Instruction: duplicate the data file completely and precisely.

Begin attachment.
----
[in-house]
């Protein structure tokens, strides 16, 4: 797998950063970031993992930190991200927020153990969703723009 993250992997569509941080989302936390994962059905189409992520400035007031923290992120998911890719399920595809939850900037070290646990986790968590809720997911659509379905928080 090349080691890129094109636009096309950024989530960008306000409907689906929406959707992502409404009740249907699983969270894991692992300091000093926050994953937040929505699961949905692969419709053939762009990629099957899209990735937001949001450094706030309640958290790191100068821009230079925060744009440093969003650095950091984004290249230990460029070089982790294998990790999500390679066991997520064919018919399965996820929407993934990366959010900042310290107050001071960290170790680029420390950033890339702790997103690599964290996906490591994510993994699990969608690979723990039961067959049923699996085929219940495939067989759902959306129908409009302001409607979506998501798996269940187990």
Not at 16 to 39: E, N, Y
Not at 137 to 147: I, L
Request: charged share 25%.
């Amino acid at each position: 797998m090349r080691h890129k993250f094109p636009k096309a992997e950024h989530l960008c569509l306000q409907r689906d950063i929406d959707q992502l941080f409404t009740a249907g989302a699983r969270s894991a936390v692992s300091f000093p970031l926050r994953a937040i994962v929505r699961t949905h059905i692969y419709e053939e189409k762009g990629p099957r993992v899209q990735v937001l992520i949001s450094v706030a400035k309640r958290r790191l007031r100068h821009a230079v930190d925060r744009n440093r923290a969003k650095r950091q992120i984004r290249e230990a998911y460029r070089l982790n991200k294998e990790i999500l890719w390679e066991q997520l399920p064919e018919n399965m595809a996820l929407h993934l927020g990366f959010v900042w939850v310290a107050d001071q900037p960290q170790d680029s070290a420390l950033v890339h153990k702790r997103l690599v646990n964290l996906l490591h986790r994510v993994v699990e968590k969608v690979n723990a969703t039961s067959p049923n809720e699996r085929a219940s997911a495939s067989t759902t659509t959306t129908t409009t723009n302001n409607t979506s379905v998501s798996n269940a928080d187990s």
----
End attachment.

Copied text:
[in-house]
């Protein structure tokens, strides 16, 4: 797998950063970031993992930190991200927020153990969703723009 993250992997569509941080989302936390994962059905189409992520400035007031923290992120998911890719399920595809939850900037070290646990986790968590809720997911659509379905928080 090349080691890129094109636009096309950024989530960008306000409907689906929406959707992502409404009740249907699983969270894991692992300091000093926050994953937040929505699961949905692969419709053939762009990629099957899209990735937001949001450094706030309640958290790191100068821009230079925060744009440093969003650095950091984004290249230990460029070089982790294998990790999500390679066991997520064919018919399965996820929407993934990366959010900042310290107050001071960290170790680029420390950033890339702790997103690599964290996906490591994510993994699990969608690979723990039961067959049923699996085929219940495939067989759902959306129908409009302001409607979506998501798996269940187990």
Not at 16 to 39: E, N, Y
Not at 137 to 147: I, L
Request: charged share 25%.
């Amino acid at each position: 797998m090349r080691h890129k993250f094109p636009k096309a992997e950024h989530l960008c569509l306000q409907r689906d950063i929406d959707q992502l941080f409404t009740a249907g989302a699983r969270s894991a936390v692992s300091f000093p970031l926050r994953a937040i994962v929505r699961t949905h059905i692969y419709e053939e189409k762009g990629p099957r993992v899209q990735v937001l992520i949001s450094v706030a400035k309640r958290r790191l007031r100068h821009a230079v930190d925060r744009n440093r923290a969003k650095r950091q992120i984004r290249e230990a998911y460029r070089l982790n991200k294998e990790i999500l890719w390679e066991q997520l399920p064919e018919n399965m595809a996820l929407h993934l927020g990366f959010v900042w939850v310290a107050d001071q900037p960290q170790d680029s070290a420390l950033v890339h153990k702790r997103l690599v646990n964290l996906l490591h986790r994510v993994v699990e968590k969608v690979n723990a969703t039961s067959p049923n809720e699996r085929a219940s997911a495939s067989t759902t659509t959306t129908t409009t723009n302001n409607t979506s379905v998501s798996n269940a928080d187990s």